DeFazio leads trio requesting GAO investigation into bike/walk safety

Thursday, December 18th, 2014
Transpo bill press conference-4
Rep. DeFazio in September 2010.
(Photo by J. Maus/BikePortland)

Oregon Congressman Peter DeFazio — who likes to mention in speeches that he’s the only member of Congress who has ever worked as a bicycle mechanic — is taking his fight for safer bicycling to the United States Government Accountability Office.

Citing a “troubling increase in pedestrian and cyclist fatalities in recent years,” Rep. DeFazio has joined with fellow House Democrats Rick Larsen from Washington state and Eleanor Holmes Norton from the District of Columbia to request a GAO investigation into the issue.

In a statement released today, the trio said they want the GAO to investigate, “trends and causes of accidents involving pedestrians and bicycles and to make recommendations about improving safety.”
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Ferguson, equity, and active transportation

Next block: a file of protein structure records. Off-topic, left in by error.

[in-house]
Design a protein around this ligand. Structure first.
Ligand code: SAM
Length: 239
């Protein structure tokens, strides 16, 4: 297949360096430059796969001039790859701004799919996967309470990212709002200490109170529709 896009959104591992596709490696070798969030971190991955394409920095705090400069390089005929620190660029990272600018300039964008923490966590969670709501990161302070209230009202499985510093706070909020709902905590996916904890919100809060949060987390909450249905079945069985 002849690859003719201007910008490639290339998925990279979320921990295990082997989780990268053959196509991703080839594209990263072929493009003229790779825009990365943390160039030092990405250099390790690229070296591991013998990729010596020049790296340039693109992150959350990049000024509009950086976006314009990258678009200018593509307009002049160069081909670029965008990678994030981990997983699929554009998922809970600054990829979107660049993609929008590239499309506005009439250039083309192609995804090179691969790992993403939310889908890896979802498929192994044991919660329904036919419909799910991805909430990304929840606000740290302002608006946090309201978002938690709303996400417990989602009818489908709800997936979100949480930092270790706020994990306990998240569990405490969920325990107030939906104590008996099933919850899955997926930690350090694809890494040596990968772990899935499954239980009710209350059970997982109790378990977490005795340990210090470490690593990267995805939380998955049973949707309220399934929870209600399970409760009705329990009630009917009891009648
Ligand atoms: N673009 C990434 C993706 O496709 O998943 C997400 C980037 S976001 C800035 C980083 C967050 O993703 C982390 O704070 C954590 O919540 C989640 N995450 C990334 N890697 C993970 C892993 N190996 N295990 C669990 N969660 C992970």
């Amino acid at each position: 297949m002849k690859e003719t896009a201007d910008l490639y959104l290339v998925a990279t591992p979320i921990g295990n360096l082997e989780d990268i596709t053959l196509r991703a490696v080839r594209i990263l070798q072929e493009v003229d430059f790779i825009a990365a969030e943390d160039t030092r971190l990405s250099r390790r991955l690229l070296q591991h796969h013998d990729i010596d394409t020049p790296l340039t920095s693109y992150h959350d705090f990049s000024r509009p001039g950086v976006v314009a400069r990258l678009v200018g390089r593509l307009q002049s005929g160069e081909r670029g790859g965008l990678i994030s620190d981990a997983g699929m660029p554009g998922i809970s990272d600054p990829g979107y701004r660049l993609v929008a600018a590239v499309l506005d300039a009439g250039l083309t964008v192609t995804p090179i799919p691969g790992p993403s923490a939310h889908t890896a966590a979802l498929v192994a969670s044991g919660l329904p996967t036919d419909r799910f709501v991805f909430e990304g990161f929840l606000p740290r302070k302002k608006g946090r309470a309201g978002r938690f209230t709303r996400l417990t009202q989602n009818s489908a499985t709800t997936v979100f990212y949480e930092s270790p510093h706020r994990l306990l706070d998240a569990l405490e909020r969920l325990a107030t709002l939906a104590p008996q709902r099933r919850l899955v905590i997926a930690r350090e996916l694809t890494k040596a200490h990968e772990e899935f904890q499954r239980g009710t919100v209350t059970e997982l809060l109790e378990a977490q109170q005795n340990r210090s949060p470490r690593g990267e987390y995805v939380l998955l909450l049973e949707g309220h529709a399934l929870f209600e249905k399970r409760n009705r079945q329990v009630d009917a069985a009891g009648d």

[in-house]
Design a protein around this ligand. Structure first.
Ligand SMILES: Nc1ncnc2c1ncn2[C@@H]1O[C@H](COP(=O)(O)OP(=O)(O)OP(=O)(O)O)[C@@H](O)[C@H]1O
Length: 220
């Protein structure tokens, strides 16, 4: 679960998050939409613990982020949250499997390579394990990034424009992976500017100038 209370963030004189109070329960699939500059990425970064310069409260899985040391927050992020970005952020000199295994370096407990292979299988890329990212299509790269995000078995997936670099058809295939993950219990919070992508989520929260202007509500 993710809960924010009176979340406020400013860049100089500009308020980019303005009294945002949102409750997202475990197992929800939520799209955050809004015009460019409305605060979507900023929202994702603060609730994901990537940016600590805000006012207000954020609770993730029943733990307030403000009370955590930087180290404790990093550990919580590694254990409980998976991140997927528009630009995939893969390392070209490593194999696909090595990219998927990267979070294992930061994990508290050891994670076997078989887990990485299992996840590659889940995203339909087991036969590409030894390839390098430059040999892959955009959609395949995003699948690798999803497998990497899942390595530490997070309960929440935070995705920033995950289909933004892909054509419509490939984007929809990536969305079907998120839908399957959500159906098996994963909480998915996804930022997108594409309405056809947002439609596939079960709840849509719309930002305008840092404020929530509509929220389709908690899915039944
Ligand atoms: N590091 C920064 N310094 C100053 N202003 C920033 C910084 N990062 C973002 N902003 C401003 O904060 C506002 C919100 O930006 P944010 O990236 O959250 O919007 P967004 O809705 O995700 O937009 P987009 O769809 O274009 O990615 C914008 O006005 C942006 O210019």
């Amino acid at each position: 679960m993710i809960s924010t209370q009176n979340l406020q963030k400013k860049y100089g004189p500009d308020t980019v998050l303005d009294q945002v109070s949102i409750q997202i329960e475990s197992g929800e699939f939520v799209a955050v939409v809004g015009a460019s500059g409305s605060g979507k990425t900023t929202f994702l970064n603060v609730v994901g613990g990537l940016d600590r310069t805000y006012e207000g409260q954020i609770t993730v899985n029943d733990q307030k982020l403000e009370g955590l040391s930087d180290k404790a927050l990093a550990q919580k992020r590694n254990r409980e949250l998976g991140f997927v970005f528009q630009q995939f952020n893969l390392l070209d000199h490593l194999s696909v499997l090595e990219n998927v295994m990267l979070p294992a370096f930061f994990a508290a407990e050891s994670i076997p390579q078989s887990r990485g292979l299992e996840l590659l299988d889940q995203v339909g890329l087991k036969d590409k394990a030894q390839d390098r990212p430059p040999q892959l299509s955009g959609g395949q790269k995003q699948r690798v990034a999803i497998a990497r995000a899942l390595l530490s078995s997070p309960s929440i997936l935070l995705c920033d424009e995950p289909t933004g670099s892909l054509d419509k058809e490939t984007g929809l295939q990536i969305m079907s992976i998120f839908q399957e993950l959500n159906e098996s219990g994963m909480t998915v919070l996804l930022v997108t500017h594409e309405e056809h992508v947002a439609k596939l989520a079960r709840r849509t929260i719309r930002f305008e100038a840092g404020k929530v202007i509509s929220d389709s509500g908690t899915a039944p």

Wednesday, November 26th, 2014
leagueslideslead
A slide from Seeing & Believing in Bike Equity

Like many of you, I’ve been following the events in Ferguson and around the country very closely these past two days. Flipping from headlines to my social media feed, my head has been spinning with thoughts on issues ranging from racism and white privilege to our justice system and media culture. As last night’s protests spilled into the streets and freeways across America last night, this story came even closer to my own sphere of activism.

The shooting of Michael Brown and the decision by a Grand Jury to not indict Officer Darren Wilson isn’t a BikePortland story. We cover bike news and culture. But we also cover social issues — like sexism, racism, gentrification, and so on — that often intersect with bicycling.

So this morning, when I followed a link (shared by Elly Blue on Twitter) that led to a publication of the League of American Bicyclist’s Equity Initiative, I knew it was something I wanted to share here on the Front Page.